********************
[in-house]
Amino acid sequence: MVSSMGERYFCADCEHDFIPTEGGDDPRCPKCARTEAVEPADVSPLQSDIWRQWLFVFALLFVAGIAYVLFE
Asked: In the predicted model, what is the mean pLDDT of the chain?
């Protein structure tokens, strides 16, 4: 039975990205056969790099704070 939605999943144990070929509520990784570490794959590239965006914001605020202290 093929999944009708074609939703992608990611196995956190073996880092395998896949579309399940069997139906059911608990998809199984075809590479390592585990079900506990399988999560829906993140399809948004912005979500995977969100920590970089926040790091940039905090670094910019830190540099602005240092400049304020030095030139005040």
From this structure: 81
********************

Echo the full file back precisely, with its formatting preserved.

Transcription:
[in-house]
Amino acid sequence: MVSSMGERYFCADCEHDFIPTEGGDDPRCPKCARTEAVEPADVSPLQSDIWRQWLFVFALLFVAGIAYVLFE
Asked: In the predicted model, what is the mean pLDDT of the chain?
């Protein structure tokens, strides 16, 4: 039975990205056969790099704070 939605999943144990070929509520990784570490794959590239965006914001605020202290 093929999944009708074609939703992608990611196995956190073996880092395998896949579309399940069997139906059911608990998809199984075809590479390592585990079900506990399988999560829906993140399809948004912005979500995977969100920590970089926040790091940039905090670094910019830190540099602005240092400049304020030095030139005040």
From this structure: 81